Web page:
Aside from the shortcomings of the Rules highlighted in SILF’s representation, BCI’s discretion to approve foreign law firms from various jurisdictions to practice in |India could appear convoluted. BCI may refuse to register any foreign law firm if, in BCI’s opinion, the number of foreign law firms of any jurisdiction is likely to become disproportionate to the number of Indian law firms registered to practice law in the corresponding country. BCI may also limit the number of registrations to maintain a balance, ensure complete “reciprocity”, or protect the interest of Indian law firms. Given that only a handful of Indian firms have offices outside of India, the number of applications BCI approves could remain low, perhaps on a first-come, first-serve basis. Consequently, foreign law firms who may want to adopt the wait-and-see approach could find themselves automatically locked out of Indian shores if, according to BCI, the number of foreign law firms/lawyers that have been allowed has equalled or maxed out in comparison to Indian firms/lawyers in that jurisdiction. Notably, there are several countries where no Indian firm has an office. Does that mean no foreign firm from those jurisdictions will be allowed to open offices in India? Only time will tell once (and if) BCI starts processing the applications based on the recently notified Rules.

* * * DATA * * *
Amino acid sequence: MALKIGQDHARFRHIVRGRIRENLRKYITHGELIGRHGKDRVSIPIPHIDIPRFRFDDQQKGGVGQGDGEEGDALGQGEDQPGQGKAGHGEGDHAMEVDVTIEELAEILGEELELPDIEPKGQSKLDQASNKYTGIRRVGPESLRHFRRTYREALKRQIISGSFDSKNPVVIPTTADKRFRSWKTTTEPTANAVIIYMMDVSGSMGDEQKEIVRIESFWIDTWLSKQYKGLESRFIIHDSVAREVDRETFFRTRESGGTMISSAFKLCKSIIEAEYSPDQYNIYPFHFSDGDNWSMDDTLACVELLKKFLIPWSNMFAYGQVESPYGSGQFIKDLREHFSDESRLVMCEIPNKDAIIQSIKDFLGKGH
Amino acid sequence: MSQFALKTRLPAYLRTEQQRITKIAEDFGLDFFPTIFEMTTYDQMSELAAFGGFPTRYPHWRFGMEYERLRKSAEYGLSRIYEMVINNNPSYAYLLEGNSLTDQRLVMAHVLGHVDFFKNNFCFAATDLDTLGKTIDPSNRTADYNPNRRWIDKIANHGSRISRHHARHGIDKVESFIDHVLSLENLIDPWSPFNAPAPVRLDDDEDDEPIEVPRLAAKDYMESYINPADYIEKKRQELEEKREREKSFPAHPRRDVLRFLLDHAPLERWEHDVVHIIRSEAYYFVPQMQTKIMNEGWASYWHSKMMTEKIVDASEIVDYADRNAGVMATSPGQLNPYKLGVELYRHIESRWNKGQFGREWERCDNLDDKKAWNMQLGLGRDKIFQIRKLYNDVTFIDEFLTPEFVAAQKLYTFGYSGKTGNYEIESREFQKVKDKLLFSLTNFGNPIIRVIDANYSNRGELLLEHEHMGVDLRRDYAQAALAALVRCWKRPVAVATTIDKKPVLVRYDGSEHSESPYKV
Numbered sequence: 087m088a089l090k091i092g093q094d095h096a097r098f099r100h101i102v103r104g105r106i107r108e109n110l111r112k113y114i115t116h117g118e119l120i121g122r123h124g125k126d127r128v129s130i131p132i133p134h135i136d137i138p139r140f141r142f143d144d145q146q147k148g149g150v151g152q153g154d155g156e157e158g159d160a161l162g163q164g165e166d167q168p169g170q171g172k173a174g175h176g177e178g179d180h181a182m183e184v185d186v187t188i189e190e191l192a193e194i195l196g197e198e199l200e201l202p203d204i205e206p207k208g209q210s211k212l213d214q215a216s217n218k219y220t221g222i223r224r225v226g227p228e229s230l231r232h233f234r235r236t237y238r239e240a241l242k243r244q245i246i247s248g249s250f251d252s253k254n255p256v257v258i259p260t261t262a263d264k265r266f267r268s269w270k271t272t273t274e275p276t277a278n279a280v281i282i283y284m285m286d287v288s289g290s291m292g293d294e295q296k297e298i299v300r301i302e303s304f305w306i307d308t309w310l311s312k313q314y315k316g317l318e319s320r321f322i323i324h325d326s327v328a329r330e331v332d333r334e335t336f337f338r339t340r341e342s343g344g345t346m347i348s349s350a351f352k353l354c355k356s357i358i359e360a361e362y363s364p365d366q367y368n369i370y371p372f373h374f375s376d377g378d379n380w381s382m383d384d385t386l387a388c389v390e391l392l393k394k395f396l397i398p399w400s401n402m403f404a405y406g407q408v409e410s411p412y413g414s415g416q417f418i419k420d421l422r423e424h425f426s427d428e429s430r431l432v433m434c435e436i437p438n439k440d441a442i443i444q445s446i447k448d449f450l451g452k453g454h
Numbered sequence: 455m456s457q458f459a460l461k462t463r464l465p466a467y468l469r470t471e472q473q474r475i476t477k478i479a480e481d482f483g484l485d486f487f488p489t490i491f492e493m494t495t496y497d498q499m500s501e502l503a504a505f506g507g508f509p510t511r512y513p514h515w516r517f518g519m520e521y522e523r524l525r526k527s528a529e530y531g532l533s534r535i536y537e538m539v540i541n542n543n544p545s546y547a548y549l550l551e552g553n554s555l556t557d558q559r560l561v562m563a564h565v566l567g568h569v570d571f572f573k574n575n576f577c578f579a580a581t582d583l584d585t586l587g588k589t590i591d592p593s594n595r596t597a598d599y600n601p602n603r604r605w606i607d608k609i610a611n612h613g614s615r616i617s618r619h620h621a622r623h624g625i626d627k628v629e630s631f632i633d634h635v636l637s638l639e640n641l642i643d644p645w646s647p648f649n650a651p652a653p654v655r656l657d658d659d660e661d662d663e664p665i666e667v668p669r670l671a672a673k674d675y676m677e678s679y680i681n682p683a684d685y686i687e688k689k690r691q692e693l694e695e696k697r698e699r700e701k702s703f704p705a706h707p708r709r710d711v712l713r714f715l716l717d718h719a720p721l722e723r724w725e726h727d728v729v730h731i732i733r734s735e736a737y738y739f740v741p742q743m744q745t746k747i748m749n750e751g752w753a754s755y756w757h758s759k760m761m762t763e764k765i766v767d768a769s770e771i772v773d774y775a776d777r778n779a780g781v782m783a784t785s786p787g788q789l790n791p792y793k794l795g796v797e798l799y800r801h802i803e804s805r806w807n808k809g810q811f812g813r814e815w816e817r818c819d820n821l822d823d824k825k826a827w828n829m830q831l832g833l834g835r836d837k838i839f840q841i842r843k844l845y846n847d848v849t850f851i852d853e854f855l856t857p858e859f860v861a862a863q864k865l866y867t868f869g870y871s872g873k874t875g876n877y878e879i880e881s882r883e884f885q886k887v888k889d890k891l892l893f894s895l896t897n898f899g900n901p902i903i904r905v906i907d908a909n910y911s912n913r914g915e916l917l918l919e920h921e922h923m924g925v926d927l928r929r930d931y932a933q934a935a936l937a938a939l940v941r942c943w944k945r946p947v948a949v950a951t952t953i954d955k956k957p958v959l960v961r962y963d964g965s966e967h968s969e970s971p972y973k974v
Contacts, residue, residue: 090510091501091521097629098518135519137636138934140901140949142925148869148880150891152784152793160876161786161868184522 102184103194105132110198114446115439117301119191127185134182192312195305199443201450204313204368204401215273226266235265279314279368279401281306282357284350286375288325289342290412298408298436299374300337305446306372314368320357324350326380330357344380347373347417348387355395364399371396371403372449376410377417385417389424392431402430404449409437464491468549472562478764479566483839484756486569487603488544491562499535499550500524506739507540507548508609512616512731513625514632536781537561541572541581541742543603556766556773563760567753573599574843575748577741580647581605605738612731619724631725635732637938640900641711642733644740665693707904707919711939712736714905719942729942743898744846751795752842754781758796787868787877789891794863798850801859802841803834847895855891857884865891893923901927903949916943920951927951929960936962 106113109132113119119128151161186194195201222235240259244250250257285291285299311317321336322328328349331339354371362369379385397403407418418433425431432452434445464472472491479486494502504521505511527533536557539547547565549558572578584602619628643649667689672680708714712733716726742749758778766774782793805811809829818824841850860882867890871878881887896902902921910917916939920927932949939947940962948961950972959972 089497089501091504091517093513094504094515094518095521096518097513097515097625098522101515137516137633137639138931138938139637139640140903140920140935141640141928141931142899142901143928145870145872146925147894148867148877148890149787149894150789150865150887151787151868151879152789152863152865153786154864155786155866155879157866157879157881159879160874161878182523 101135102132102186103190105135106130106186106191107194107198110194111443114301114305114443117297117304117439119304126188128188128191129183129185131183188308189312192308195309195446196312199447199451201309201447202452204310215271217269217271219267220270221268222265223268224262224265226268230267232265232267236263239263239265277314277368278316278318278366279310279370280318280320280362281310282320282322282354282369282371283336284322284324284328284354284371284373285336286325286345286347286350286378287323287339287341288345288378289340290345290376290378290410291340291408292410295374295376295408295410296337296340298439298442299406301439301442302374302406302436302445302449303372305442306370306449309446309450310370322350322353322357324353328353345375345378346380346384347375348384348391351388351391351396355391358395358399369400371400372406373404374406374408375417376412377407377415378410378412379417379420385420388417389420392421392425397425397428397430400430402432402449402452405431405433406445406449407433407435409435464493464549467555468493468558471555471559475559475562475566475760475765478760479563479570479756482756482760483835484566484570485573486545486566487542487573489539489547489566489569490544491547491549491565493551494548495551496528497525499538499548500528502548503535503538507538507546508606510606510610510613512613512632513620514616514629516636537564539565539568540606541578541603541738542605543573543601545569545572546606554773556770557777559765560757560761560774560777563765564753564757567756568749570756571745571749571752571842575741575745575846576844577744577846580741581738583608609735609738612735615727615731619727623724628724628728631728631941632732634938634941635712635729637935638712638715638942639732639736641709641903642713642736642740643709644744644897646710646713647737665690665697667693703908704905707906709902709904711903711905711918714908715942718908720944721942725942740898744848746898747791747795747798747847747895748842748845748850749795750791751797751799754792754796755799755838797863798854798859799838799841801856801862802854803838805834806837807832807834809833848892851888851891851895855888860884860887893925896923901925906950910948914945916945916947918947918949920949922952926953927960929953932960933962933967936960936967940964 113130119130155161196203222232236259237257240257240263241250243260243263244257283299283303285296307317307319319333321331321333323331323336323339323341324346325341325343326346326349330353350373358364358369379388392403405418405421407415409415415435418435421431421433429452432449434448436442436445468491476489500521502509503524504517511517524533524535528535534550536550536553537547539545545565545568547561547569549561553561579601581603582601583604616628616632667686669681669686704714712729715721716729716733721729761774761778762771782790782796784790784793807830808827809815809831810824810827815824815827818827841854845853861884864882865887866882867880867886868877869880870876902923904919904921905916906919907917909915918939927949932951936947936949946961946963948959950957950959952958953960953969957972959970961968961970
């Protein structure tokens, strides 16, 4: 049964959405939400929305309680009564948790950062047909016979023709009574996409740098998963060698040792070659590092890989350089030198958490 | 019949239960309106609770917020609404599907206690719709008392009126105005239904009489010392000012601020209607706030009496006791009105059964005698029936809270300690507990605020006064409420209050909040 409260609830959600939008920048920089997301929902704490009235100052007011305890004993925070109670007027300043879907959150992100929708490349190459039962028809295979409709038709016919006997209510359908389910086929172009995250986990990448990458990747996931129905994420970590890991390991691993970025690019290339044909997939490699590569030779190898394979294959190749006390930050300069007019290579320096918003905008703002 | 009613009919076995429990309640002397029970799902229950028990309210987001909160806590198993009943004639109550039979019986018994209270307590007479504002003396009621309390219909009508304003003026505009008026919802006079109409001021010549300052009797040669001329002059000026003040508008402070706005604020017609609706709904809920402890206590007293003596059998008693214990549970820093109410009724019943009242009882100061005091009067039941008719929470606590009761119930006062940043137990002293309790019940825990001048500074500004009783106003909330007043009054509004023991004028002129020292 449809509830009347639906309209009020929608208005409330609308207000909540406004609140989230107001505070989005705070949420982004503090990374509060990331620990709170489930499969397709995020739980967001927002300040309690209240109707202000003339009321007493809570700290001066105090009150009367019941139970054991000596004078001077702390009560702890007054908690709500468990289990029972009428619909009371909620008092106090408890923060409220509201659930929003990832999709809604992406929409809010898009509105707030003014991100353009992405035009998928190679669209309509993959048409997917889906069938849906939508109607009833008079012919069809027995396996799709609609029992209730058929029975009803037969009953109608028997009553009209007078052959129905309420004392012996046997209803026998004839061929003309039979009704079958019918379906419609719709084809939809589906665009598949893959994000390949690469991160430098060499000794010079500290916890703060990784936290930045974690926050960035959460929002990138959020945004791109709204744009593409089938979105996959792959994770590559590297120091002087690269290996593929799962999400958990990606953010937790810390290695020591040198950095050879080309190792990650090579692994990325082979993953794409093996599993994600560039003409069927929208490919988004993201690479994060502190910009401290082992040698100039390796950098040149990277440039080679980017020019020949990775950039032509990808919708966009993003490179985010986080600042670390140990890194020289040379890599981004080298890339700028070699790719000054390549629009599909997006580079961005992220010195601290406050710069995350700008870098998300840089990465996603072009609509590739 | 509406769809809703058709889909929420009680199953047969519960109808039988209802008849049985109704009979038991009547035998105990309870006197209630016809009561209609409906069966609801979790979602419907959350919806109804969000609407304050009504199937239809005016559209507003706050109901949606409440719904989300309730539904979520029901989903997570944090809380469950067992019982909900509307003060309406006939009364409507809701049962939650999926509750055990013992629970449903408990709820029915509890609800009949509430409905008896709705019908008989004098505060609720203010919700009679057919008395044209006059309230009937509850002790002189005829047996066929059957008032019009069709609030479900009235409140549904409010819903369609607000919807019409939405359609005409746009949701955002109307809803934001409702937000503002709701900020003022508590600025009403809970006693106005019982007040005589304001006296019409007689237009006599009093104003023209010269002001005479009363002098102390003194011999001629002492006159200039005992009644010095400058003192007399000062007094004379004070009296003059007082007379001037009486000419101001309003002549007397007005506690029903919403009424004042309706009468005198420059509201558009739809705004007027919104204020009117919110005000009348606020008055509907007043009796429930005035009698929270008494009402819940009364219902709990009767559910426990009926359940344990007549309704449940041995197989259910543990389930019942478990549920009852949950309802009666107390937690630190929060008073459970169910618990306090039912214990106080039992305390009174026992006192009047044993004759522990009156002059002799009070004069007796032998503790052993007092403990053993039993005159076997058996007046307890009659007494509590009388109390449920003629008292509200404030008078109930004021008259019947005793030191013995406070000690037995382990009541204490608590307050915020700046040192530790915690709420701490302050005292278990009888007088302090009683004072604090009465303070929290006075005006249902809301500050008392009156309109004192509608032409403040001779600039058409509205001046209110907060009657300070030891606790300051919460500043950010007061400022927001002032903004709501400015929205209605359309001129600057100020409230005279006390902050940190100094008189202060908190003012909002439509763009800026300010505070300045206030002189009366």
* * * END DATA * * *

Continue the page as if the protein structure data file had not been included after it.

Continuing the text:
Separately, it is unclear what Rules mean by “reciprocity”. The Rules state that for reciprocity, BCI would consider the Indian law firms and lawyers operating in the corresponding jurisdiction. For example, several Indian lawyers work for foreign law firms in the U.K. and U.S. who are also qualified to practice law in those jurisdictions. As a result, they essentially practice the local law of that country rather than advising on Indian law. Will the BCI consider this while allowing lawyers from these jurisdictions? The answer is likely no, especially in light of the restriction that foreign lawyers will not have the right to audience in Indian courts and that they can only advise on foreign law to foreign clients.